Today, India is celebrating its 70th Independence Day. The golden day on which Britishers officially left India, the bright day on which this country inhaled the air of freedom, drank the water of self-respect and dreamt of a new India. And today, after 70 years of this great day, we as citizens of world’s oldest civilization feel proud. But today, the dimensions of expression of this proud feeling have undergone great changes. I see people on facebook changing their profile picture to tricolour. I see people hoisting the national Flag which they got for a bargain and sleeping after the celebrations are over. Well, if that in any way patriotism, I don’t know what hypocrisy is.

But the real question is… are we really independent?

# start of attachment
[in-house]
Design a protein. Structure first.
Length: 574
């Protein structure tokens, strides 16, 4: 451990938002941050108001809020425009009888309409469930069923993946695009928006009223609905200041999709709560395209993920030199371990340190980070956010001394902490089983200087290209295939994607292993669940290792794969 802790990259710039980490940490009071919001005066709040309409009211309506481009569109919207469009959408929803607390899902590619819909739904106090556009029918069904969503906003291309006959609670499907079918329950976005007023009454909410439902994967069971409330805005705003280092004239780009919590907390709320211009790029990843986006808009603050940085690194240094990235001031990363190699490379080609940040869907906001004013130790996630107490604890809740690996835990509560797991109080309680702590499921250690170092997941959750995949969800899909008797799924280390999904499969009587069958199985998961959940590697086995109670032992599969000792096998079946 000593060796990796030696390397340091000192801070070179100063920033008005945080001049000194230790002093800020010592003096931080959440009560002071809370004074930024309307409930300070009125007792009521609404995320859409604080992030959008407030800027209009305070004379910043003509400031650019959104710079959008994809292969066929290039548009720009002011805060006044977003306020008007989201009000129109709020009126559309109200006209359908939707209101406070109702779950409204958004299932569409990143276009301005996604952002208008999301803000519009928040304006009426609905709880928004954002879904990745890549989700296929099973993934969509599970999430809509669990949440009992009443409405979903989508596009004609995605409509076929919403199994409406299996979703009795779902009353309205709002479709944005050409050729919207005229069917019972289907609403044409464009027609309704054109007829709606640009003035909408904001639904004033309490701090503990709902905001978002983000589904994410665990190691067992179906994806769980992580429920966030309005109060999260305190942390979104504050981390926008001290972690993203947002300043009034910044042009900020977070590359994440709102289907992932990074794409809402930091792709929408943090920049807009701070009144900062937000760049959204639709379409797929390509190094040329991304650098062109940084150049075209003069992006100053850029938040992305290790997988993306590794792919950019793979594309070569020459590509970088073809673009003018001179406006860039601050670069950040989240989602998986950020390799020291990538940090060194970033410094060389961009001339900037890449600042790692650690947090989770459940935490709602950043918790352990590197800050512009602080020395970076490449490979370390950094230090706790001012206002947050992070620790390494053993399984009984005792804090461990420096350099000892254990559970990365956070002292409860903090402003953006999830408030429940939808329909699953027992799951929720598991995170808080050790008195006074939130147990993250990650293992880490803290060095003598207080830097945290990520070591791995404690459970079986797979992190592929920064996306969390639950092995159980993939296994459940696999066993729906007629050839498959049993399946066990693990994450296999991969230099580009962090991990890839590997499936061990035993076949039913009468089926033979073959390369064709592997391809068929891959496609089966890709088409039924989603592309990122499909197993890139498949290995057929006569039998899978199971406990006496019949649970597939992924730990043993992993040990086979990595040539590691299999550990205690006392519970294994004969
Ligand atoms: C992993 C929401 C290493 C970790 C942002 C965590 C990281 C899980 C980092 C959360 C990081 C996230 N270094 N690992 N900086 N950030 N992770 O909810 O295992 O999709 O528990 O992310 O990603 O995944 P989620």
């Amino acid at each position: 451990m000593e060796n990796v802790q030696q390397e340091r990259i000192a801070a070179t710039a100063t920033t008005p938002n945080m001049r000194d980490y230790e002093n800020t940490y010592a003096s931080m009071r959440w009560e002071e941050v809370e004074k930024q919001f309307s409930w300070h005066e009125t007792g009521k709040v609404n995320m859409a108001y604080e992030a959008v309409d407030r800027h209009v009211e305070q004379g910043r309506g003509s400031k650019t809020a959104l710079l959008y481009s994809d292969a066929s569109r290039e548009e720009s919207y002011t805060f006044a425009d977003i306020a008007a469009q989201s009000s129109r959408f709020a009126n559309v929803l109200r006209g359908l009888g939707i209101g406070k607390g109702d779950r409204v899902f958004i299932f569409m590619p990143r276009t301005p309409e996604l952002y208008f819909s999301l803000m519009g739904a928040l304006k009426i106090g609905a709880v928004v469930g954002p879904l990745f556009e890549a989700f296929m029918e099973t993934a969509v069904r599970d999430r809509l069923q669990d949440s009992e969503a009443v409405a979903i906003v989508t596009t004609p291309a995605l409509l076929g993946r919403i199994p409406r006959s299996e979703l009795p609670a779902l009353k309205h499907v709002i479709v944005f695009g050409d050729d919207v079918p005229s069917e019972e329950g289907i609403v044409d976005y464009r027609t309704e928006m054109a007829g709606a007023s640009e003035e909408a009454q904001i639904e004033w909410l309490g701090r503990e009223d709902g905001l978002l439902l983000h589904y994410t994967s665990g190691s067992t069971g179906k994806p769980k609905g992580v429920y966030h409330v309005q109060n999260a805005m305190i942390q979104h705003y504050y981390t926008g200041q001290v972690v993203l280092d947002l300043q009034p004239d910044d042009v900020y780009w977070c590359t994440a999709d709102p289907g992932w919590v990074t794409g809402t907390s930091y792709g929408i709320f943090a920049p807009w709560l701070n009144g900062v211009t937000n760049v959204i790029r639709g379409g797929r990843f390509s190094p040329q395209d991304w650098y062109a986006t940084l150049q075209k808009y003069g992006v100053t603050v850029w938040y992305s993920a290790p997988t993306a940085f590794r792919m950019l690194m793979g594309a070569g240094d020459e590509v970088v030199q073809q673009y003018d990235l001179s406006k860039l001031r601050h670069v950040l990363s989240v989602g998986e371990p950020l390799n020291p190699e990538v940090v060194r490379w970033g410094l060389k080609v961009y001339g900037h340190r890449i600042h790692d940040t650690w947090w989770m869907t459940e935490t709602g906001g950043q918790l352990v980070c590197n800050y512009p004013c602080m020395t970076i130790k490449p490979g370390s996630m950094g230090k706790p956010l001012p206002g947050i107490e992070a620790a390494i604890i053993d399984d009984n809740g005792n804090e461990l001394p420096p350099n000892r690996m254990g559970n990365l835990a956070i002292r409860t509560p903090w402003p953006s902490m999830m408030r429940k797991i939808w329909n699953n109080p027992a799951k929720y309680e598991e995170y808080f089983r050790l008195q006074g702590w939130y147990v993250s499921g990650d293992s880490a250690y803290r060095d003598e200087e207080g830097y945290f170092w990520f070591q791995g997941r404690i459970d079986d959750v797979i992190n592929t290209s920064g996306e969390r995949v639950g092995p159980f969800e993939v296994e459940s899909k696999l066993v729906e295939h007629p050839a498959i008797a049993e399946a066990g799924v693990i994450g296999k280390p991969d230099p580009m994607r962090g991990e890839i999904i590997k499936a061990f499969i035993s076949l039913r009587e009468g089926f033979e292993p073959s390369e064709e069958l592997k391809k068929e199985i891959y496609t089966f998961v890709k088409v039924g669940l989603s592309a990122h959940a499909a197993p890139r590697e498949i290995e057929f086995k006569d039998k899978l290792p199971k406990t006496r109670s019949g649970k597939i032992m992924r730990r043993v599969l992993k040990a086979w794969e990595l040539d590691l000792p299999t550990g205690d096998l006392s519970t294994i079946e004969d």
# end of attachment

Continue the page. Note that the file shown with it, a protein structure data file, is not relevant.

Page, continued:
In my opinion, we are not. With times, the only thing that has changed is the way of slavery. New masters, but the same old slaves. During the British period, we worked under the rules made and implemented by an alien government. Paying them a big part of our income as a tax was a necessity and not choice. But, a large part of our misery was warranted by our own rulers. Rulers, who became secret and after that open allies of Britishers. The big and the small, all harassed this land and its common people. The land was barren and people were starving, this was the period when world’s golden bird was left featherless. Then, the struggle for freedom started and eventually, we got it too. But, in my opinion, although we got the independence, freedom is still left behind.